“God does nothing but provide”, was one of Johannes Joachim Degenhardt’s favorite sentences, which is to say: He does not want to interfere in the course of events himself; he creates constellations; time windows open; occasions arise that are waiting to be recognized and used as ideal points of action. The Jewish philosopher Hans Jonas unfolded a similar thought in his speech about “The Concept of God after Auschwitz”: God forgoes the power of interfering in the course of events; he does not respond “with a strong hand and outstretched arm”, but “with the insistently-wordless courtship of his unfulfilled goal”.
Johannes Joachim Degenhardt was the best man at the wedding of Dr. Herbert Wallbrecher, the friend from his youth, with Gertraud Weiß in 1949; later he became the archbishop of Paderborn; in 1978 he was the bishop who, together with Cardinal Joseph Ratzinger, recognized the Integrated Community as a part of the Church.
In the spring of 1968 the Integrated Community, whose existence is significantly owed to the initiative of Herbert and Gertraud Wallbrecher, was reported on for the first time by the KNA, the catholic news agency, with an article titled “Avant-Garde or Sect?”. It was not so easy to put into words what had developed there in the twenty years since the end of the war and the catastrophe of the Shoah. At the beginning of the 70s the humanist and agnostic Gerhard Szczesny came in closer contact with the community and a friendly relationship developed. After the first meeting he noted in surprise: “It was the first time that I ever really felt at ease, that is to say unselfconscious and normal, in a community of people, who explicitly want to be understood as Christians.” At a later occasion he said: “Everything is so different here: I can’t imagine that the Catholic Church can accept you as a part of herself.” The same sentiment was expressed by Jewish friends, religious and secular kibbutzniks, with whom the community had been cultivating an active exchange since the mid 80s and later within the context of the Urfeld Circle.
The year 1985 marked a cesura. Gertraud Wallbrecher’s cause reached the center of the Church: For the first time a larger group of the community travelled to Rome for Pentecost. The occasion was Archbishop Friedrich Wetter’s anointment to cardinal, the successor of Cardinal Joseph Ratzinger in Munich; earlier Joseph Ratzinger had been called to Rome in 1981; for all members of the community the feast of Pentecost 1985 was like the arrival in ‘Rome’. In her Letter to the Eternal City Hedvig Fornander, a converted protestant from Sweden and a poetess of the community with powerful and visually stunning eloquence, specified the rather vague state of mind of many community members as follows:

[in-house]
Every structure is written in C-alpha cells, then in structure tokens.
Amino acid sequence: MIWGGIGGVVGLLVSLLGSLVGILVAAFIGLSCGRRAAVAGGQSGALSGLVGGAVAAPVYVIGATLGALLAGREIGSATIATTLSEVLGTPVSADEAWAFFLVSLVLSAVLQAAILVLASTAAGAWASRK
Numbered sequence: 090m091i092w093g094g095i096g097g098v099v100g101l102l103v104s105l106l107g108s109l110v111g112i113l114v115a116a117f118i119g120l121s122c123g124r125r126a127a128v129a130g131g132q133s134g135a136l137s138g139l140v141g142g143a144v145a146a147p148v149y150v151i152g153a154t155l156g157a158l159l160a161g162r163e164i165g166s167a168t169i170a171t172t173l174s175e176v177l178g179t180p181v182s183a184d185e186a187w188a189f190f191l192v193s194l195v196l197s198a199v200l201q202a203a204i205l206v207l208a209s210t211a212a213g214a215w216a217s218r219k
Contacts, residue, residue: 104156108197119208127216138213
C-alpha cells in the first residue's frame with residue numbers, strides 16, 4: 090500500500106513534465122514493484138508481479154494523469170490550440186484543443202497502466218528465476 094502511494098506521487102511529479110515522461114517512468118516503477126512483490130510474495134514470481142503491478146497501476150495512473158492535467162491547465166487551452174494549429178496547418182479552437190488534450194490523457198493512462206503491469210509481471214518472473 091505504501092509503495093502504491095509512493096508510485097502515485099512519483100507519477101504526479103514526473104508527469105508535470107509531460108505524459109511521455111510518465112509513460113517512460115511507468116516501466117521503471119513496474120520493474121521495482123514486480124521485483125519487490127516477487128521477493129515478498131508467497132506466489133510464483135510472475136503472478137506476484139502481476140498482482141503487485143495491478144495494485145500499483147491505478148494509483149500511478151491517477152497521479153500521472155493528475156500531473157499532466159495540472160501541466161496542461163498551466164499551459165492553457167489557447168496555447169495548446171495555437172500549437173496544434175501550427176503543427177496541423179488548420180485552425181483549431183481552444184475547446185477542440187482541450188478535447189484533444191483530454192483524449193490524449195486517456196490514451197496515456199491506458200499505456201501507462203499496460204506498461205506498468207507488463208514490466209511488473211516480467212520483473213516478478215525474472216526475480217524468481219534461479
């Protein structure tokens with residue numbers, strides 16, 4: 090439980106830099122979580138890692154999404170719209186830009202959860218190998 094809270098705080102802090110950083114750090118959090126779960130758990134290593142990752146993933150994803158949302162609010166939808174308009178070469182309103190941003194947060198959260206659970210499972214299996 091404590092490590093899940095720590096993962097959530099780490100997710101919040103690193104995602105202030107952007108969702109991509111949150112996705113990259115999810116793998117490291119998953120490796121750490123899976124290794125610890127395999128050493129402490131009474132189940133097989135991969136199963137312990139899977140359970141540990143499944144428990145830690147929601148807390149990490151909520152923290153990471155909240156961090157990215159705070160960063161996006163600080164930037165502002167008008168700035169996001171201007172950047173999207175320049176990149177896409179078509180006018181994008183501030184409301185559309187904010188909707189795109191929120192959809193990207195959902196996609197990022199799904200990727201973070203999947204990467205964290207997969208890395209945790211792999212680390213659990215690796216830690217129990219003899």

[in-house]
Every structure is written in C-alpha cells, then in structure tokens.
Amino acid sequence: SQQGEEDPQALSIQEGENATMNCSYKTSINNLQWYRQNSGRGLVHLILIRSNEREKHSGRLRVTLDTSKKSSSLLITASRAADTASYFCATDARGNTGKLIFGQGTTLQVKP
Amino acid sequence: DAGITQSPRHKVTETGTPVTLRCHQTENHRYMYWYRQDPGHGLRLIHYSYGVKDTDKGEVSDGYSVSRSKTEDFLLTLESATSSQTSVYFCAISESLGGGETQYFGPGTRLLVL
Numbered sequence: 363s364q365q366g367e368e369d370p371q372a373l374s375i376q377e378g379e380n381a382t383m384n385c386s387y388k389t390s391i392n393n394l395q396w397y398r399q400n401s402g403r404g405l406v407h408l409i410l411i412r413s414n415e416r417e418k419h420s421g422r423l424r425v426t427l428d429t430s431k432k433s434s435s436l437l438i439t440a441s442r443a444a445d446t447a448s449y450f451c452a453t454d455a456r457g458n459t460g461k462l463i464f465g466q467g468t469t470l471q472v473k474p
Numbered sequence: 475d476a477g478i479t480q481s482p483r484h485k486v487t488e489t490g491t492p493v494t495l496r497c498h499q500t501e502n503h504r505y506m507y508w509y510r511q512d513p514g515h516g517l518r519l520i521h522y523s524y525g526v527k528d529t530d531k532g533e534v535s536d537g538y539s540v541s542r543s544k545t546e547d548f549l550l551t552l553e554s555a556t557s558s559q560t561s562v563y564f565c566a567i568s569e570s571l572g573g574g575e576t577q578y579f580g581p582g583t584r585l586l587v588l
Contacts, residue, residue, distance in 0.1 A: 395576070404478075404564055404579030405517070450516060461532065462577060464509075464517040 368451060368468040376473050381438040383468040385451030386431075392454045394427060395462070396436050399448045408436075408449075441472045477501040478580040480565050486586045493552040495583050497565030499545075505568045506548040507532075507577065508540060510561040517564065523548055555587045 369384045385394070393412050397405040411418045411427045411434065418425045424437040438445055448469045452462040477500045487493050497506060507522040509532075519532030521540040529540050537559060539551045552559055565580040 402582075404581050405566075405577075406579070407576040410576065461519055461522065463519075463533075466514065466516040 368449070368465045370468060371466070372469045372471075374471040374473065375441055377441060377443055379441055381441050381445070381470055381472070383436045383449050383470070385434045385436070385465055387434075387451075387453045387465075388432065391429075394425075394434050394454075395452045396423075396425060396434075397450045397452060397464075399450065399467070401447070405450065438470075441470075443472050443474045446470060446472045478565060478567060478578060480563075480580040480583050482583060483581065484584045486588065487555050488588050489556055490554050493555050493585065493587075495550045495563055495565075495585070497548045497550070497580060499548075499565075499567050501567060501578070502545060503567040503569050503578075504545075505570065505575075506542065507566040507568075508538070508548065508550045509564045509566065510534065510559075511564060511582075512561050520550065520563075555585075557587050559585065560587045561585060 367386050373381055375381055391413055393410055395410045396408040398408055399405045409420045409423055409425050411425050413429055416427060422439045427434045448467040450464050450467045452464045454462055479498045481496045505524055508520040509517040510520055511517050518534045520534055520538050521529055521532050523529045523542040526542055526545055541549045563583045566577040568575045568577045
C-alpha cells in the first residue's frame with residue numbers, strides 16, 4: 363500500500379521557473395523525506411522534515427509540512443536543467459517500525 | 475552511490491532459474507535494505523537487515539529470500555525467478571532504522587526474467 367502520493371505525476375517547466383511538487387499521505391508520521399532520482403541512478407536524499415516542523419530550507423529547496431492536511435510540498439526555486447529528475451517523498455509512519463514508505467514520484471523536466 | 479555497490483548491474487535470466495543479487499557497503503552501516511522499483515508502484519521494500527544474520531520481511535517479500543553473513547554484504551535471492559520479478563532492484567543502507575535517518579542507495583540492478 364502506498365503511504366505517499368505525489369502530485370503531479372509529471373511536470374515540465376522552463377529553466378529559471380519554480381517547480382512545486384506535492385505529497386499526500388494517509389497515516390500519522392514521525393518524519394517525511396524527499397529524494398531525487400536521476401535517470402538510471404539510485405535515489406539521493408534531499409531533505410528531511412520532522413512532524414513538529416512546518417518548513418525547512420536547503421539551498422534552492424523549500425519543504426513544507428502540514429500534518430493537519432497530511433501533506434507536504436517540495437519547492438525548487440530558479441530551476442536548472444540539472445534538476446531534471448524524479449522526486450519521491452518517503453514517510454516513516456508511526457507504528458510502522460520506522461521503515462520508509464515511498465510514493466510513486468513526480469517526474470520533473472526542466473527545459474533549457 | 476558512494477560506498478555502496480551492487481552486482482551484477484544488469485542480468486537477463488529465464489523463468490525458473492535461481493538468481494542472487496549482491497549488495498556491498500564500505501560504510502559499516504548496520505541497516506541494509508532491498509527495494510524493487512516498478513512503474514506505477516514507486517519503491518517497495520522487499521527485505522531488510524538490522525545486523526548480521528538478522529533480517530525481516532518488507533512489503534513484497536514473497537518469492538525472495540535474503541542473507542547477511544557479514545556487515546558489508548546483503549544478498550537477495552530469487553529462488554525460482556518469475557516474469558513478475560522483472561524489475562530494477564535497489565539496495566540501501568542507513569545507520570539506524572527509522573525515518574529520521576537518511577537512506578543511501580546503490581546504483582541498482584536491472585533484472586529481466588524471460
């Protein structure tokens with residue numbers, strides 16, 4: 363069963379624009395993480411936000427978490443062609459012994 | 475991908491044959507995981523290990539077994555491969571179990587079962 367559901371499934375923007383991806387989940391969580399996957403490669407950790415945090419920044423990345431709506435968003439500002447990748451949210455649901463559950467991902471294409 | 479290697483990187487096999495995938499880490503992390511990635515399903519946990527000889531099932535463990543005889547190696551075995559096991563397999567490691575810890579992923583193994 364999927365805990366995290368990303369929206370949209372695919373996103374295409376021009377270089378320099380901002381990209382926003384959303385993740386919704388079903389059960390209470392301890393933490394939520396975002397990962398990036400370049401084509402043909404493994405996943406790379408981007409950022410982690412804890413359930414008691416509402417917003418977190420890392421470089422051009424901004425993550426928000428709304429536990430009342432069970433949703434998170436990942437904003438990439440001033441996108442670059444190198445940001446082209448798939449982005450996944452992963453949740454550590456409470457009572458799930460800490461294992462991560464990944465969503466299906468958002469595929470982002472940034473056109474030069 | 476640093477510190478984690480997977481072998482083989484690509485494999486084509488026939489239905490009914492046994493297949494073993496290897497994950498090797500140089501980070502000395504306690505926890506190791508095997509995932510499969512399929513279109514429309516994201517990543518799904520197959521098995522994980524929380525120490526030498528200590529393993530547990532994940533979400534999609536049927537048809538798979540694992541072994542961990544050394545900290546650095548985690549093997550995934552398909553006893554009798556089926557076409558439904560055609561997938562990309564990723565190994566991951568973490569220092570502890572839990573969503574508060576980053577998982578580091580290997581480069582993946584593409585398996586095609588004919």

“We seek the middle and the heart of the world,
that which binds us to what is binding, the norm,
the indispensable that does not come from ourselves,
the larger community,
the necessary outside of our state of mind.”
In celebration of the final recognition as a part of the Church, which Cardinal Friedrich Wetter pronounced in a mass in Rome in St. Paul Outside the Walls a few months later, Joseph Ratzinger expressed his joy that “you have now so visibly been granted integration into the Church of all places and all times”. When Gertraud Wallbrecher returned from her second trip to Israel a few months later she said: “We celebrated the feast in Rome as a celebration of the recognition of the will of God. Now we are challenged for the reality of this recognition and confronted with the fact that it is about the one, single People of God. During this visit to Israel I have experienced the painful history of the Jews up until the holocaust as our history. It is terrible when this is just the history of the Jews and not also of the Christians.”
“God does nothing but provide” and he does not stop “insistently-wordlessly courting his unfulfilled goal”; maybe heaven sometimes has an understanding after all.
Looking back on the turbulent history, Cardinal Joseph Ratzinger wrote to Gertraud Wallbrecher on the occasion of her 80th birthday:
“During the difficult time of the Third Reich you looked for the way of faith and after the war you realized that new ways were necessary to answer to our world’s challenges approaching the faith. Thus, slowly, through various sufferings, severances and upheavals, the Integrated Community has grown; within the Community you with your companions try to realize a seminal form of Christian existence within Christianity and the Church. … What I see as essential to your efforts is the fact that you have always stood by Catholicism as the deciding basis for the nature of the Community and thus have always seen the integration into the episcopal constitution of the Church as indispensible. I explicitly wish to thank you for that today.”
As Pope Benedict XVI said in his speech on the feast of Our Lady’s Ascension in Castel Gandolfo, 2011: “The things of God deserve haste. Even further: The only things on earth that deserve haste are those of God because they are urgent for our life.”
The last years of Gertraud Wallbrecher’s “presence in absence” due to old age and sickness were an invitation to all, who had the privilege of her contemporaneity, to assure themselves of the legacy and answer to his insistently-wordless courtship humbly, intelligently, resolutely and with great confidence.